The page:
Successes in 2017

I said I would post more often, and not leave it another several weeks again.  But then it was all work-stress, preparation for Christmas, getting sick, etc. etc.

I haven’t even run in my new minimalist shoes. (I know!) When you’re busy, it’s just easier to stick with what you know, I suppose, and what I know is shuffling along in the same old shoes, with the same old gait.

At least it’s better than not running at all though.

One thing I did do is pick all my medals up from a pile on the floor (where they had been languishing) and start to show them the respect they deserve by displaying them properly. The medals you see in the photo represent competitive races I’ve completed, and in one case, a race I dropped out of.

Training often encourages a tendency to always be looking forward to the next thing, which is good, and at the moment would be the Farnborough Winter Half Marathon for me.

But sometimes it’s  good to take the time to celebrate previous achievements.

This rack of medals represents how far my running has come in 2017, since I began training for the Reading Half Marathon, as most of the medals were acquired this year.

Left to right, we have:

  • Dash in the Dark – this was a really well organised, 10k, around the woods, with a lot of neon bling on display from the competitors and the organisers. (I did sport a few glow sticks myself). I really enjoyed this event and there was something really special about following the trail of glow sticks around a moonlit woods. This medal was particularly cool because it lets you know that you entered the event during its very first year. (Long may it continue…)
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(Yes, that is tinsel around the medal rack.)
  • The Rutherford Appleton 10k (last year’s event)
  • The Hurt (2015 event)
  • The Henley 10k (2015 event – this was held on the same day in October as the Rutherford 10k, which I entered instead in 2016 and 2017)
  • Windsor 15k (the red and white medal) – this was three loops of Dorney Lake, a man-made lake, built for rowing. It wasn’t particularly scenic but I quite like events that do circuits because it helps me to pace myself effectively. It was also an unusual distance and slotted in quite nicely as an intermediate step before the Reading Half. The 15k distance wasn’t the only event being held on the day, although all of the distances focused on doing loops around the lake (you guessed it – each loop itself was roughly 5k)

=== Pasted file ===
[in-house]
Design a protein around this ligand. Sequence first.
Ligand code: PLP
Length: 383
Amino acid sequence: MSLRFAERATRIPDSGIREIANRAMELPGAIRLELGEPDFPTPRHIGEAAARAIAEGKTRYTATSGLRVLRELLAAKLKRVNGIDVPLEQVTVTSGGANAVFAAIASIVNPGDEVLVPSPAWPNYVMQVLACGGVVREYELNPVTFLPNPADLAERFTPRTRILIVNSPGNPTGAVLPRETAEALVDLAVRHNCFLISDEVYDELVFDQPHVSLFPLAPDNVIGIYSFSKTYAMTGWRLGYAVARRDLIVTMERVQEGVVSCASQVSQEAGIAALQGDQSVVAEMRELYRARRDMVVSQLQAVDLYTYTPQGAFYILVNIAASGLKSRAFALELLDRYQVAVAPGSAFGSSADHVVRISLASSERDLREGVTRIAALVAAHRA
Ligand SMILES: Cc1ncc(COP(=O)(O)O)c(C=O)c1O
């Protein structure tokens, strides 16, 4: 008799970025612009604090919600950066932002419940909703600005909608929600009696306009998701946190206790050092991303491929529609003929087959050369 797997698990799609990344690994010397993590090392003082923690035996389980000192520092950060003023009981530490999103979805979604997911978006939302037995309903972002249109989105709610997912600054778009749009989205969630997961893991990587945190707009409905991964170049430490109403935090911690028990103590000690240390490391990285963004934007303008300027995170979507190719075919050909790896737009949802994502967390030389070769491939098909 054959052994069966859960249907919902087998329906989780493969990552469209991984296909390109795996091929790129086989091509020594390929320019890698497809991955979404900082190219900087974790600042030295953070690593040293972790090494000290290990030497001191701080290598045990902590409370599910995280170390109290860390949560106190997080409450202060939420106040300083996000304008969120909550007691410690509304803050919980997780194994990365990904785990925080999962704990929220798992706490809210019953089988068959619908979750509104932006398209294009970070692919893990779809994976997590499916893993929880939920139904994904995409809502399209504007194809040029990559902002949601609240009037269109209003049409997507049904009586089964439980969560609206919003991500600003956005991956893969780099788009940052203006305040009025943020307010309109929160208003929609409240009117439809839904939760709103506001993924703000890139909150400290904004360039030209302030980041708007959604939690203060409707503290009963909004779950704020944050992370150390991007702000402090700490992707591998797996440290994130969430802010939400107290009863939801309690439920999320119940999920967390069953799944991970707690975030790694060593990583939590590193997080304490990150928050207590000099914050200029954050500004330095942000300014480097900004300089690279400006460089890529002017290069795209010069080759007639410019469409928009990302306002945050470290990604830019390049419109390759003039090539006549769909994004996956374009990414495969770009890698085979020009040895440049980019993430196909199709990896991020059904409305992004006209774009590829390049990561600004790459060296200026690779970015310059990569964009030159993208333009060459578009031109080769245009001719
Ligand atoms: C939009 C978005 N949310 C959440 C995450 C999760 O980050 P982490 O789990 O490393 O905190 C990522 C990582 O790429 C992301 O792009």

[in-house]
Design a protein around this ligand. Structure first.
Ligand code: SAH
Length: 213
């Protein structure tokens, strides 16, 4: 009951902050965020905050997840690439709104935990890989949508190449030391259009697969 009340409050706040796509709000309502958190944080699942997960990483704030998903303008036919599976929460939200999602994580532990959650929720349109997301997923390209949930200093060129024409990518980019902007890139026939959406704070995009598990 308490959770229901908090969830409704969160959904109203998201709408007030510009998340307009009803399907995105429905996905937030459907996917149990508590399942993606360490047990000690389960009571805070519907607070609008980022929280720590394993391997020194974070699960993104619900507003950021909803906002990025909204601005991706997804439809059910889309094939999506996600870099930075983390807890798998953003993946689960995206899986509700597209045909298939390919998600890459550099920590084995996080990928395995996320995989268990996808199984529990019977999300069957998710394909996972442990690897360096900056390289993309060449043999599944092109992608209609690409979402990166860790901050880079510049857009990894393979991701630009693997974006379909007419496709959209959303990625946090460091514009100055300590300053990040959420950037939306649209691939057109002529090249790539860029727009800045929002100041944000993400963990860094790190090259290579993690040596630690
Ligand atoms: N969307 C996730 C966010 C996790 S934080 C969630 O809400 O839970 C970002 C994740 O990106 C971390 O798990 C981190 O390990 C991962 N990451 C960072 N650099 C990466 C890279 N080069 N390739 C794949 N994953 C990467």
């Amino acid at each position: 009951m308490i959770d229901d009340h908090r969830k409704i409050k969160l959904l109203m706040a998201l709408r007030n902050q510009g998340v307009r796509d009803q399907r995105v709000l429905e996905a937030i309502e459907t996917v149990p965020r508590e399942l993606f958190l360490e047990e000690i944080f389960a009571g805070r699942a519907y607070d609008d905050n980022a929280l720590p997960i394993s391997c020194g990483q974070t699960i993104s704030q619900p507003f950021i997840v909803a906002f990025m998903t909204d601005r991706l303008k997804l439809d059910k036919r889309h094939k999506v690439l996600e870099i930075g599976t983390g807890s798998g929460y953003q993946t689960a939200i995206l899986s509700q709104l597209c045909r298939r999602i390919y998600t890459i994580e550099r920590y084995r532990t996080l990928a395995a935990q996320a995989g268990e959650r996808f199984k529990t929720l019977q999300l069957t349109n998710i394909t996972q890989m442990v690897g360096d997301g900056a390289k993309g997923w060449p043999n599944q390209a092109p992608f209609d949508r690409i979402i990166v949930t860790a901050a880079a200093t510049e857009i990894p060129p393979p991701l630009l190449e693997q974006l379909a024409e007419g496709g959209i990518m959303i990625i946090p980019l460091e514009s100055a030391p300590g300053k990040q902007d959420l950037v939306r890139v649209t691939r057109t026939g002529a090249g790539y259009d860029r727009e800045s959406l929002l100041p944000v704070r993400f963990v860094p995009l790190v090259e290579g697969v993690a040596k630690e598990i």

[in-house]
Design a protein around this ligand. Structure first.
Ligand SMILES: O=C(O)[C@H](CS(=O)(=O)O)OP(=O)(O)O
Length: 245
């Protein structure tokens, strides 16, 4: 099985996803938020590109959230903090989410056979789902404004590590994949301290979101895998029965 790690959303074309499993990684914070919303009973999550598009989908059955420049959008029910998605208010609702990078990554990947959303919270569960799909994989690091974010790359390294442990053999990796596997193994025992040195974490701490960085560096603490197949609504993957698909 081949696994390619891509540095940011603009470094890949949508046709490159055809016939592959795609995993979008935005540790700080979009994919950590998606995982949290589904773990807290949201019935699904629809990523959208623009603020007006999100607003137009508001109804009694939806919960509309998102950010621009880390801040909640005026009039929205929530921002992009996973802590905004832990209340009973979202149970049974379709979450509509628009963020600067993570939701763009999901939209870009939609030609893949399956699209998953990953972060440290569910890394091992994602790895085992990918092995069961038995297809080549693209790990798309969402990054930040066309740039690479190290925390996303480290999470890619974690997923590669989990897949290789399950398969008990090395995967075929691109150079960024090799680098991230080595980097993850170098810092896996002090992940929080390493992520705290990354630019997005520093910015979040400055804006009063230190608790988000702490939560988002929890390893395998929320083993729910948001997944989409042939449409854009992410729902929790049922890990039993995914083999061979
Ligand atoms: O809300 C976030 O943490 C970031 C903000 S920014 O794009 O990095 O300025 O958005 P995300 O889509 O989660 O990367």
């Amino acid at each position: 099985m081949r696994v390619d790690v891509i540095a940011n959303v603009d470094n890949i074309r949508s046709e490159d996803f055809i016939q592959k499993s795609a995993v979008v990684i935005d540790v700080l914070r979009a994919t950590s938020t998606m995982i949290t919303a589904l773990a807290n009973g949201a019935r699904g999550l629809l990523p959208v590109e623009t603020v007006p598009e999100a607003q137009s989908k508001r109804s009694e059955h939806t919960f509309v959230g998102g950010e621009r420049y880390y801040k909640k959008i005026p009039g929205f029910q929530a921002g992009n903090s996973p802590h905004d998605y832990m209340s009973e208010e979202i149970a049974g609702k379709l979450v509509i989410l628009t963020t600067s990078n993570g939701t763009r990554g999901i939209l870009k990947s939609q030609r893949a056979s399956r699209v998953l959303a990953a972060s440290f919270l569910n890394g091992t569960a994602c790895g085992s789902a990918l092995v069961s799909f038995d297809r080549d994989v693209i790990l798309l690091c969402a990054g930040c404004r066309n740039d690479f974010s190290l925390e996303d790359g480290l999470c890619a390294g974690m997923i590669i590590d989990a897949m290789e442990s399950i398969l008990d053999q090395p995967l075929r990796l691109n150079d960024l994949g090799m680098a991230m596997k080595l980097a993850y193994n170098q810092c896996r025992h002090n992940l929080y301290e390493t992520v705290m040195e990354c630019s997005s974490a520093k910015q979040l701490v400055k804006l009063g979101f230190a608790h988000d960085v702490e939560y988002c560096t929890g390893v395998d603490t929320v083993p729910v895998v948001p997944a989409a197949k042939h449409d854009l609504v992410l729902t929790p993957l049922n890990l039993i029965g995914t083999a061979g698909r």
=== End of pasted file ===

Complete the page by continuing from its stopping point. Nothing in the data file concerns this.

• The Brixton 10k – this was a great event – two loops around the park in London. Lil’ sis’ and I signed up at the last minute so that we could visit our brother in Herne Hill for the weekend without sacrificing a weekend training run. I have to admit, it’s one of the most colourful medals I’ve been awarded though.

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Running as a release

This is a response to today’s word prompt: gratitude

By shuffling my way through lots of miles, over a period of a couple of years, I have gotten myself to the point where I can comfortably run a 5k or a 10k and find it a joy instead of a chore. It still takes effort when I’m trying to go fast but I can jog along non-stop quite easily.

This allows me a release when times get stressful. Between my job; my landlord; living in a spiritually and morally bankrupt society; anxiety about the coming zombie apocalypse and worrying about my image on Facebook, stress is never in short supply! (Some of those were jokes but I won’t tell you which ones!)

There’s just something about leaving the house (going into the scary real world where everything is offline) and engaging in physical exertion that hits the re-set button and takes me out of my own head.

I live in Berkshire, near the Thames Path, and I get to run alongside some fantastic greenery. (The featured photo is my favourite taken whilst running and shows Caversham weir at sunrise.)

I am grateful that I have the money to buy decent running shoes and enter events. I am grateful for having the physical ability to be able to run, and I try not to take that for granted. I am grateful for the support of friends and family, and for the people who read this blog.

If you are reading this and thinking about starting running, I hope this post will give you that last push that you need. You will feel better and you will meet supportive people. You will lose weight and get fitter. You will be able to blast music through your headphones and get an endorphine high.